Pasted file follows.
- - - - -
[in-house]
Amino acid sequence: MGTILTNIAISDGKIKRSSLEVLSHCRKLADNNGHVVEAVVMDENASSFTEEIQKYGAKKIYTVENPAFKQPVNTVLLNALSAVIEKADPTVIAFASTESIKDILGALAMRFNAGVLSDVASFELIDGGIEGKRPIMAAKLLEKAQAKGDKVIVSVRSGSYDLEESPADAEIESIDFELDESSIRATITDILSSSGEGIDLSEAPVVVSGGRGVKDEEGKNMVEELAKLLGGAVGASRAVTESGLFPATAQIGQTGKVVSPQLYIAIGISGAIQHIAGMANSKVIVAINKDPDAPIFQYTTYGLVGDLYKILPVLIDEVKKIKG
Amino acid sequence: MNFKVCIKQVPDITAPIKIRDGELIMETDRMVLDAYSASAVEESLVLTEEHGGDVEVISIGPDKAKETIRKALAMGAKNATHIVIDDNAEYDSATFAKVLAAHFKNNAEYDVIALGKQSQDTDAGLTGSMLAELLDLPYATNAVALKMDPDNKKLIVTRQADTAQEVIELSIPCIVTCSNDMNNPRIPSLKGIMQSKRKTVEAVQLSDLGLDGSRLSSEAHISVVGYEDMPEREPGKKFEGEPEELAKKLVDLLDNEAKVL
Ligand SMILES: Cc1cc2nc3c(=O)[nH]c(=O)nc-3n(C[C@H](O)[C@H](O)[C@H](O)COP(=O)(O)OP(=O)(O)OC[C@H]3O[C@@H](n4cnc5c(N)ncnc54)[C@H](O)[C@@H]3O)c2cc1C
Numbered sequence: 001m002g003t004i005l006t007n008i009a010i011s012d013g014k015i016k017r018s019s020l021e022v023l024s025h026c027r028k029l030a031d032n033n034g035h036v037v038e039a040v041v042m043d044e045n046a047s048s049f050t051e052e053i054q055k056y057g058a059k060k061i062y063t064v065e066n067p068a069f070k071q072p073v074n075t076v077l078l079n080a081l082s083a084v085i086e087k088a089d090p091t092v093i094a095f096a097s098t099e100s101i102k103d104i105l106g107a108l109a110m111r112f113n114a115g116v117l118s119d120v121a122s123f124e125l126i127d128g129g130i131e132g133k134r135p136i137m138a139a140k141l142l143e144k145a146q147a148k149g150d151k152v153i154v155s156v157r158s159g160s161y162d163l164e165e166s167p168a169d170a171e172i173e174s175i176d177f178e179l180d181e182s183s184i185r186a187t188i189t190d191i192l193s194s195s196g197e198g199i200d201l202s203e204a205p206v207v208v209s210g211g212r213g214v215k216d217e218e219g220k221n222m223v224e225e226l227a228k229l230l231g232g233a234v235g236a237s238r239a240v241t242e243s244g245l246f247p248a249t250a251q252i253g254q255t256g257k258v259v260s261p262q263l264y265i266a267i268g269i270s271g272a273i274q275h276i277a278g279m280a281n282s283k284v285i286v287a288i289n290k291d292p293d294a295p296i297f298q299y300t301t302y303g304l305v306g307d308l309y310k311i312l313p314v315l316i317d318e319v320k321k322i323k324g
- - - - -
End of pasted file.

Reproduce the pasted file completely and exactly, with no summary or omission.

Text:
[in-house]
Amino acid sequence: MGTILTNIAISDGKIKRSSLEVLSHCRKLADNNGHVVEAVVMDENASSFTEEIQKYGAKKIYTVENPAFKQPVNTVLLNALSAVIEKADPTVIAFASTESIKDILGALAMRFNAGVLSDVASFELIDGGIEGKRPIMAAKLLEKAQAKGDKVIVSVRSGSYDLEESPADAEIESIDFELDESSIRATITDILSSSGEGIDLSEAPVVVSGGRGVKDEEGKNMVEELAKLLGGAVGASRAVTESGLFPATAQIGQTGKVVSPQLYIAIGISGAIQHIAGMANSKVIVAINKDPDAPIFQYTTYGLVGDLYKILPVLIDEVKKIKG
Amino acid sequence: MNFKVCIKQVPDITAPIKIRDGELIMETDRMVLDAYSASAVEESLVLTEEHGGDVEVISIGPDKAKETIRKALAMGAKNATHIVIDDNAEYDSATFAKVLAAHFKNNAEYDVIALGKQSQDTDAGLTGSMLAELLDLPYATNAVALKMDPDNKKLIVTRQADTAQEVIELSIPCIVTCSNDMNNPRIPSLKGIMQSKRKTVEAVQLSDLGLDGSRLSSEAHISVVGYEDMPEREPGKKFEGEPEELAKKLVDLLDNEAKVL
Ligand SMILES: Cc1cc2nc3c(=O)[nH]c(=O)nc-3n(C[C@H](O)[C@H](O)[C@H](O)COP(=O)(O)OP(=O)(O)OC[C@H]3O[C@@H](n4cnc5c(N)ncnc54)[C@H](O)[C@@H]3O)c2cc1C
Numbered sequence: 001m002g003t004i005l006t007n008i009a010i011s012d013g014k015i016k017r018s019s020l021e022v023l024s025h026c027r028k029l030a031d032n033n034g035h036v037v038e039a040v041v042m043d044e045n046a047s048s049f050t051e052e053i054q055k056y057g058a059k060k061i062y063t064v065e066n067p068a069f070k071q072p073v074n075t076v077l078l079n080a081l082s083a084v085i086e087k088a089d090p091t092v093i094a095f096a097s098t099e100s101i102k103d104i105l106g107a108l109a110m111r112f113n114a115g116v117l118s119d120v121a122s123f124e125l126i127d128g129g130i131e132g133k134r135p136i137m138a139a140k141l142l143e144k145a146q147a148k149g150d151k152v153i154v155s156v157r158s159g160s161y162d163l164e165e166s167p168a169d170a171e172i173e174s175i176d177f178e179l180d181e182s183s184i185r186a187t188i189t190d191i192l193s194s195s196g197e198g199i200d201l202s203e204a205p206v207v208v209s210g211g212r213g214v215k216d217e218e219g220k221n222m223v224e225e226l227a228k229l230l231g232g233a234v235g236a237s238r239a240v241t242e243s244g245l246f247p248a249t250a251q252i253g254q255t256g257k258v259v260s261p262q263l264y265i266a267i268g269i270s271g272a273i274q275h276i277a278g279m280a281n282s283k284v285i286v287a288i289n290k291d292p293d294a295p296i297f298q299y300t301t302y303g304l305v306g307d308l309y310k311i312l313p314v315l316i317d318e319v320k321k322i323k324g